On February 24, nation woke up to the news of veteran actress Sridevi’s sudden demise. At just 54 years of age, she reportedly passed away due to a heart attack in a hotel in Dubai.
As her daughters, Janhvi and Khushi Kapoor and husband Boney Kapoor were inconsolable. While her life lived was celebrated, every moment from her last rites to Janhvi taking up the medium to express her grief was scrutinised.
Just a few days ago, Janhvi celebrated her 21st birthday in the company of her sisters. Sonam even posted a picture to wish Janhvi on her birthday; their followers didn’t appreciate the fact that the family spent a light-hearted moment. Fans were surprised and accused the family of moving on too soon.
Counselling psychologist, Farah Ladiwala explains it is because society expects the grieving person to behave in a certain way. “It is perceived that if you try to move on too soon, you probably didn’t love the deceased at all,” she explains. She also indicates that it is a healthy means of coping with one’s despair.
However, life coach Chetna Mehrotra points out that such behaviour definitely comes under scrutiny. However, she immediately draws attention to the fact that one must, in such times, be occupied. “It is important to keep the mind busy with work or be around people,” she says.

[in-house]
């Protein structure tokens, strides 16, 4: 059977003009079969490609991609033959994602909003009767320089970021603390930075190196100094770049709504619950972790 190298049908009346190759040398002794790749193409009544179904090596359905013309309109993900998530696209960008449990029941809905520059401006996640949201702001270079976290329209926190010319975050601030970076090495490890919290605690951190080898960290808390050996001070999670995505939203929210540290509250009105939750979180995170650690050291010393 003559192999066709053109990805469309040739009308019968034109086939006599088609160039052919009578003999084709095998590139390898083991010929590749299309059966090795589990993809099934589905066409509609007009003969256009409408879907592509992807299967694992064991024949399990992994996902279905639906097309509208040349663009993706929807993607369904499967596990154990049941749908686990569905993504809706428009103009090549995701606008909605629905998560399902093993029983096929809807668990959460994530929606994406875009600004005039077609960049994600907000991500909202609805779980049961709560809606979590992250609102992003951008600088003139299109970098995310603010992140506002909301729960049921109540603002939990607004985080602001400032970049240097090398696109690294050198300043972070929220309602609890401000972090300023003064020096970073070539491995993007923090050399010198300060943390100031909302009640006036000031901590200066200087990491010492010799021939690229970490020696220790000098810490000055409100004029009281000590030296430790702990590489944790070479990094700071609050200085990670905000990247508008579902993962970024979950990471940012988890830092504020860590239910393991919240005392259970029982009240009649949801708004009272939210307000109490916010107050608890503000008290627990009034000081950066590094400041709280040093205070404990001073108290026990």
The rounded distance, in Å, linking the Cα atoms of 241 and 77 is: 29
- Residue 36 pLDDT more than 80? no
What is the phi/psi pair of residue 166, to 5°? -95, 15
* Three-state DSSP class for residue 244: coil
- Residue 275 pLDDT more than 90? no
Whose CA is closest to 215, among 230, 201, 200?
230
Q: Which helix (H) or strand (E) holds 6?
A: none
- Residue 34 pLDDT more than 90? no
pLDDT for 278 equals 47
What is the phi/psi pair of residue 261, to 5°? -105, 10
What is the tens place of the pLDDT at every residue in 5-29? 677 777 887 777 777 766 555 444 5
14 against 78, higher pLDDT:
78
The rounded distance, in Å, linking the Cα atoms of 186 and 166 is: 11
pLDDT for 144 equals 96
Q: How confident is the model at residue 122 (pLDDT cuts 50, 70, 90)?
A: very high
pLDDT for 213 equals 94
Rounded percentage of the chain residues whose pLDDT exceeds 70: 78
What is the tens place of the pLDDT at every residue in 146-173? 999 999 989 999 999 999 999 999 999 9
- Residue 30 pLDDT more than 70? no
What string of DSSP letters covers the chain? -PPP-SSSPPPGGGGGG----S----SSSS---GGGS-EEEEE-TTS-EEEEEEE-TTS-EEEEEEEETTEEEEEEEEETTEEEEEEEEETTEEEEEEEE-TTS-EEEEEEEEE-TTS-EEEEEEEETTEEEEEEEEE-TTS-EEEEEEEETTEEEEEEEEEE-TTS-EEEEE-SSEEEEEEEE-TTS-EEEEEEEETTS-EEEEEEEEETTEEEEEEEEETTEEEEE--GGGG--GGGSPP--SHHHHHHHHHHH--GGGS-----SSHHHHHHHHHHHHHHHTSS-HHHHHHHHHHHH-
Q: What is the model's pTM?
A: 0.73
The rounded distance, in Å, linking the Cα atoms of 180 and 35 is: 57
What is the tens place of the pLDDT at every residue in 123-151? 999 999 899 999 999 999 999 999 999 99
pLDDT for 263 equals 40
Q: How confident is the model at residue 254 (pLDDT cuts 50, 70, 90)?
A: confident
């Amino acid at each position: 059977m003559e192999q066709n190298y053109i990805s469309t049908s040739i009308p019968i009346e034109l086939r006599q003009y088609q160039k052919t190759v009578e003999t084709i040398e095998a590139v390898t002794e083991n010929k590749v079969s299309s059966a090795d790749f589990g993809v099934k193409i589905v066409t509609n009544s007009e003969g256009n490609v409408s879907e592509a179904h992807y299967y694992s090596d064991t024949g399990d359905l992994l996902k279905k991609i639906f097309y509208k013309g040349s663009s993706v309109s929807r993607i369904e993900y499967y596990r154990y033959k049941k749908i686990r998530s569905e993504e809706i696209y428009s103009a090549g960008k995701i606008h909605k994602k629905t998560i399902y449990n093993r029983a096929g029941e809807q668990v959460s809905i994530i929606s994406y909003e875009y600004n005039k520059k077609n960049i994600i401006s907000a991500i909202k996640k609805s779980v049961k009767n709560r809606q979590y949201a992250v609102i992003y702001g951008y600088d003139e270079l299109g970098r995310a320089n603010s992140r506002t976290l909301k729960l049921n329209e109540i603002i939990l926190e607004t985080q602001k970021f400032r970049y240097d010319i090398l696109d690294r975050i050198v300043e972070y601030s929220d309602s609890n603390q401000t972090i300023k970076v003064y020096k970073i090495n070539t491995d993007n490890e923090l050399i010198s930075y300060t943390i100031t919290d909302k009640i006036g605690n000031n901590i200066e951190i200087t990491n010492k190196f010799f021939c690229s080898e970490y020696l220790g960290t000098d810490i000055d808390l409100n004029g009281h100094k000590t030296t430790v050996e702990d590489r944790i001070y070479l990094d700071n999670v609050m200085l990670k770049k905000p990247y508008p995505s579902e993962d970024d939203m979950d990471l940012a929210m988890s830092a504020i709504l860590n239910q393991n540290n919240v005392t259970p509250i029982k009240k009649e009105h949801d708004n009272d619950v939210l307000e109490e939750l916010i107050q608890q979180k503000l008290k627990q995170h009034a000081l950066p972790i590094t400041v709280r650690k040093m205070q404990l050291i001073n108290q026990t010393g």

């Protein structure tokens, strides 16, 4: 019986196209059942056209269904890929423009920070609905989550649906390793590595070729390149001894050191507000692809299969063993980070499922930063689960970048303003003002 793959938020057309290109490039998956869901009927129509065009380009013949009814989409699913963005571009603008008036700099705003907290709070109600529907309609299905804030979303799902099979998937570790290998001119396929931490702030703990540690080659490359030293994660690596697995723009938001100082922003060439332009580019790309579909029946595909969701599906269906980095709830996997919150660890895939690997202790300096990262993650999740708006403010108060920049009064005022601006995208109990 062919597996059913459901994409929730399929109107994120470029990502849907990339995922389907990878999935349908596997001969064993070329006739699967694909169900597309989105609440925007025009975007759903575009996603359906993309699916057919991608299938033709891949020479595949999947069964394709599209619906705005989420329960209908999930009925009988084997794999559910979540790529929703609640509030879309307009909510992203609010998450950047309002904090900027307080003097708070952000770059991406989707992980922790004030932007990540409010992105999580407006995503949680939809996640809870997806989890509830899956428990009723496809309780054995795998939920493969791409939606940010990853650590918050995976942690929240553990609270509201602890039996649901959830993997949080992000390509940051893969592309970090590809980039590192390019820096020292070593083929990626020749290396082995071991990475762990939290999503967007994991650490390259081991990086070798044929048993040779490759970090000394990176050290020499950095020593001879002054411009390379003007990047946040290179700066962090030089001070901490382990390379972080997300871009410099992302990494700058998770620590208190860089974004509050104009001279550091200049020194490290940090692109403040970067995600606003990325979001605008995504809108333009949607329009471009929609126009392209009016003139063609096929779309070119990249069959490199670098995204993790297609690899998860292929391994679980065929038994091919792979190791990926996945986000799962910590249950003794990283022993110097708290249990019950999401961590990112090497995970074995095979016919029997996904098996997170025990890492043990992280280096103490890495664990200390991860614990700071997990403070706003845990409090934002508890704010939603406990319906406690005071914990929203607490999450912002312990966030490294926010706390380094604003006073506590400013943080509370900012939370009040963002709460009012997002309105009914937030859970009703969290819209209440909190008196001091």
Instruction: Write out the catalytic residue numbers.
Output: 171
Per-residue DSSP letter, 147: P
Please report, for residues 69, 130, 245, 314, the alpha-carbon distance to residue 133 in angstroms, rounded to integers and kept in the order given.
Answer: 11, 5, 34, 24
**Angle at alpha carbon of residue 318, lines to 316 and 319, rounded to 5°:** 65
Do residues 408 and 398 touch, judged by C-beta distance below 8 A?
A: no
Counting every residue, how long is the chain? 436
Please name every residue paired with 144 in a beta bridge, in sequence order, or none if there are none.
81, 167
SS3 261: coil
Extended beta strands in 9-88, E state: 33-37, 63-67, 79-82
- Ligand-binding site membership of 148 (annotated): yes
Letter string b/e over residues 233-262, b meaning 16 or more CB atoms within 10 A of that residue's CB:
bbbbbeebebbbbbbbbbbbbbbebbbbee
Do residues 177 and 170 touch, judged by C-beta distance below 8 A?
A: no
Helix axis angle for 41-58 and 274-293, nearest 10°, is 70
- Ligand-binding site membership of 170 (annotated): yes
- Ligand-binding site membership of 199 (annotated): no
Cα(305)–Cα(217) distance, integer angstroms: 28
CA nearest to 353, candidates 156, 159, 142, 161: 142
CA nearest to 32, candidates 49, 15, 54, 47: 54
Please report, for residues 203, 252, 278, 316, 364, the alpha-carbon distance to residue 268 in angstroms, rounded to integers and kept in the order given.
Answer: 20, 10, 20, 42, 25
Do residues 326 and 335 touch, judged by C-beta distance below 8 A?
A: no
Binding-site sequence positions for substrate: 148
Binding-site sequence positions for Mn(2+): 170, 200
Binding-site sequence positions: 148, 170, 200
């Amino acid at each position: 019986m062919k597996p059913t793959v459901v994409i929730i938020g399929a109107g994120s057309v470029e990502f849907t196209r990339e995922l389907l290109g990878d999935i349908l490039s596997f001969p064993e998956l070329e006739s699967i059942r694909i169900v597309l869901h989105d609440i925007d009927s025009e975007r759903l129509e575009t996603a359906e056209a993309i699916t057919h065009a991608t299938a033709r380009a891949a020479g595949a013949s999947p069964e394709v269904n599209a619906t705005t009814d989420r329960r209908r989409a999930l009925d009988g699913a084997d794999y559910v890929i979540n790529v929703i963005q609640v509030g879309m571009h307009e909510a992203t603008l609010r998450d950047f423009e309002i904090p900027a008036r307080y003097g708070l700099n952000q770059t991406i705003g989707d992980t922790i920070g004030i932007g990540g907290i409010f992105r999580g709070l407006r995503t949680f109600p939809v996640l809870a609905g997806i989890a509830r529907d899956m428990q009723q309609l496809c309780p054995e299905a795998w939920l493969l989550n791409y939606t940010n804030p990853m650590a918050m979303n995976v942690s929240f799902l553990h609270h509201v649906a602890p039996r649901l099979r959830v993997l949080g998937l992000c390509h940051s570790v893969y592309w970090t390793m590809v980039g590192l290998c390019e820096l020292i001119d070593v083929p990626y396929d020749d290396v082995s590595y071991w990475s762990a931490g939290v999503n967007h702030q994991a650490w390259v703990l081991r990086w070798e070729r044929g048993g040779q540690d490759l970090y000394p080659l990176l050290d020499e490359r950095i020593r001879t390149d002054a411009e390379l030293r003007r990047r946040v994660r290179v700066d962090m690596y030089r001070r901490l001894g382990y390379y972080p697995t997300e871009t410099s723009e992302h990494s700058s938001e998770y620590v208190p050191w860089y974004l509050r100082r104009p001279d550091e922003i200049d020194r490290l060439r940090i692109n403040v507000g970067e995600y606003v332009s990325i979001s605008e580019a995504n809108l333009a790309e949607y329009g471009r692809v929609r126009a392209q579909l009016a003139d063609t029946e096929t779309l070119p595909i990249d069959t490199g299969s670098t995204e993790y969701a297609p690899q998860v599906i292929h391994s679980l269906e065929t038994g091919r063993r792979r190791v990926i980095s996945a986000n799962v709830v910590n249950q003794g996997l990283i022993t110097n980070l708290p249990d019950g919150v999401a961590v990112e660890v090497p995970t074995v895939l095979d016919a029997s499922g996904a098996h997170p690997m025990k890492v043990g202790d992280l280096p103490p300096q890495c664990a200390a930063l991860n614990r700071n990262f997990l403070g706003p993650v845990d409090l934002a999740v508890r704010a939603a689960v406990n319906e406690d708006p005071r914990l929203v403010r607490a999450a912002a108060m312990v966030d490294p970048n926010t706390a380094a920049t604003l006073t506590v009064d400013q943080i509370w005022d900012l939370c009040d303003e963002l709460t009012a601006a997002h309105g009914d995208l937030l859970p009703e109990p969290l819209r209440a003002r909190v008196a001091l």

Farah explains that it is important to acknowledge the change in life. “As much as going through the grieving process is important, it is equally important to move on in life,” she asserts. Echoing the same view, Chetna says grief is necessary to have a healthy mind. “If the emotions are left unexpressed, it will soon resurface and affect current relationships,” she warns.
So how does one cope with loss? While Chetna explains that there is no mantra set in stone, some times, it is about taking one day at a time. “People prefer to go on vacation or occupy themselves with work. Some people like to grieve for a good time before moving on while others don’t like grieving — they simply move on,” notes Chetna.
Farah advises that one shouldn’t shy away from seeking support from friends and family. “One should confide in friends and family. If social support isn’t enough, counselling is another option. If someone is too shy to ask for help, maintaining a diary can help,” she lists.
But has social media changed the way of coping with death? Chetna believes one has to watch their back, especially if they are from the entertainment industry.
“It is perfectly normal to smile or look for a light moment in such a time. It is better to not bother about what is being said. And if it does bother, don’t post your happy photos,” instructs Chetna....